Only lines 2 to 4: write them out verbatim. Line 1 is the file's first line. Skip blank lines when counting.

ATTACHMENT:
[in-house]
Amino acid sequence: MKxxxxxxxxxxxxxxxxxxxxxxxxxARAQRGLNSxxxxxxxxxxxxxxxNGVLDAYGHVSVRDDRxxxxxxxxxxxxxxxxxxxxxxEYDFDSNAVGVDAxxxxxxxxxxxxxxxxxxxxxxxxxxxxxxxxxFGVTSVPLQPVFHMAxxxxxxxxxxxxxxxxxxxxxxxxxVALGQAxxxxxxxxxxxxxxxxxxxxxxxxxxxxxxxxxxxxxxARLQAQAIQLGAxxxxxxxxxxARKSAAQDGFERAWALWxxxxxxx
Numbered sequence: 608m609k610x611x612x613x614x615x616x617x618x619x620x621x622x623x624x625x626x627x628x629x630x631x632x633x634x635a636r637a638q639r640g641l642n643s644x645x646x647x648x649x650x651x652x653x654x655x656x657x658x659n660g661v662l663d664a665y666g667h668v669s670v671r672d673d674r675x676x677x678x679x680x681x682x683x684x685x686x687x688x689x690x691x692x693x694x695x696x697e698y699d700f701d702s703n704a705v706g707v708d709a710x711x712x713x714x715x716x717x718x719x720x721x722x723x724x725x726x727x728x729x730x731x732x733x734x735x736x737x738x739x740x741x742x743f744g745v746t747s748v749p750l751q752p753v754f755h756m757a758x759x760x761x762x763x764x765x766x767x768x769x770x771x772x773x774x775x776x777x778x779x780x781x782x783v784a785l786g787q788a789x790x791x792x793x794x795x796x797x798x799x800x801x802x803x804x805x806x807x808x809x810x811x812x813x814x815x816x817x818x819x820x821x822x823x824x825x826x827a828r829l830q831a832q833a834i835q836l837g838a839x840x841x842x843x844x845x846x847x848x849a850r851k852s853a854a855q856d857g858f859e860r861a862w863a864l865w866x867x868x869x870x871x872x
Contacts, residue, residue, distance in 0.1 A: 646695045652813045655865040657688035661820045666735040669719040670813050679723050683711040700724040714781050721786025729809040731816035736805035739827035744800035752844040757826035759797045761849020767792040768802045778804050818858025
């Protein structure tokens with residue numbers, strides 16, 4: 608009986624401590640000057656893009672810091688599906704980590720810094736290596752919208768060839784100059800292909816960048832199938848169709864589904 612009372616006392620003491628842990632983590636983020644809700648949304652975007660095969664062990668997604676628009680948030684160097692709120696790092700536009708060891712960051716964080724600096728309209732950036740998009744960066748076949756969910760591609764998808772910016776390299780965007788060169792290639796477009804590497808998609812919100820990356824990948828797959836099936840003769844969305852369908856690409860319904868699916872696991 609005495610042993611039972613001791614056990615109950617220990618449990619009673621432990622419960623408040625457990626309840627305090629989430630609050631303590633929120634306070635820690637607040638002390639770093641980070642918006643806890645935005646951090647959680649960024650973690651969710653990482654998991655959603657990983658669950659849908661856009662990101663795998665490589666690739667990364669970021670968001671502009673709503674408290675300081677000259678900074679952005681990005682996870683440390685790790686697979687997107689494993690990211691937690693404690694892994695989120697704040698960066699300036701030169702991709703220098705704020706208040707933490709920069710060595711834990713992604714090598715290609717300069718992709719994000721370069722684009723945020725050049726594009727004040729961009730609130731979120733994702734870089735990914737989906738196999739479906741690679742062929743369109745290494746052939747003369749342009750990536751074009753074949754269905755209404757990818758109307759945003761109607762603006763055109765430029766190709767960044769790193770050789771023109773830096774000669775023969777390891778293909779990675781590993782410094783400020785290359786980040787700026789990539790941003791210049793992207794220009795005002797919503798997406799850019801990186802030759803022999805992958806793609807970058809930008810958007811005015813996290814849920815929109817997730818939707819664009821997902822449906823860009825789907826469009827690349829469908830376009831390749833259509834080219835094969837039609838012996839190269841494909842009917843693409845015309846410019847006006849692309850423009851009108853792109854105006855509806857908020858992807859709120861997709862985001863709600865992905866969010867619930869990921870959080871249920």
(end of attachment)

Amino acid sequence: MKxxxxxxxxxxxxxxxxxxxxxxxxxARAQRGLNSxxxxxxxxxxxxxxxNGVLDAYGHVSVRDDRxxxxxxxxxxxxxxxxxxxxxxEYDFDSNAVGVDAxxxxxxxxxxxxxxxxxxxxxxxxxxxxxxxxxFGVTSVPLQPVFHMAxxxxxxxxxxxxxxxxxxxxxxxxxVALGQAxxxxxxxxxxxxxxxxxxxxxxxxxxxxxxxxxxxxxxARLQAQAIQLGAxxxxxxxxxxARKSAAQDGFERAWALWxxxxxxx
Numbered sequence: 608m609k610x611x612x613x614x615x616x617x618x619x620x621x622x623x624x625x626x627x628x629x630x631x632x633x634x635a636r637a638q639r640g641l642n643s644x645x646x647x648x649x650x651x652x653x654x655x656x657x658x659n660g661v662l663d664a665y666g667h668v669s670v671r672d673d674r675x676x677x678x679x680x681x682x683x684x685x686x687x688x689x690x691x692x693x694x695x696x697e698y699d700f701d702s703n704a705v706g707v708d709a710x711x712x713x714x715x716x717x718x719x720x721x722x723x724x725x726x727x728x729x730x731x732x733x734x735x736x737x738x739x740x741x742x743f744g745v746t747s748v749p750l751q752p753v754f755h756m757a758x759x760x761x762x763x764x765x766x767x768x769x770x771x772x773x774x775x776x777x778x779x780x781x782x783v784a785l786g787q788a789x790x791x792x793x794x795x796x797x798x799x800x801x802x803x804x805x806x807x808x809x810x811x812x813x814x815x816x817x818x819x820x821x822x823x824x825x826x827a828r829l830q831a832q833a834i835q836l837g838a839x840x841x842x843x844x845x846x847x848x849a850r851k852s853a854a855q856d857g858f859e860r861a862w863a864l865w866x867x868x869x870x871x872x
Contacts, residue, residue, distance in 0.1 A: 646695045652813045655865040657688035661820045666735040669719040670813050679723050683711040700724040714781050721786025729809040731816035736805035739827035744800035752844040757826035759797045761849020767792040768802045778804050818858025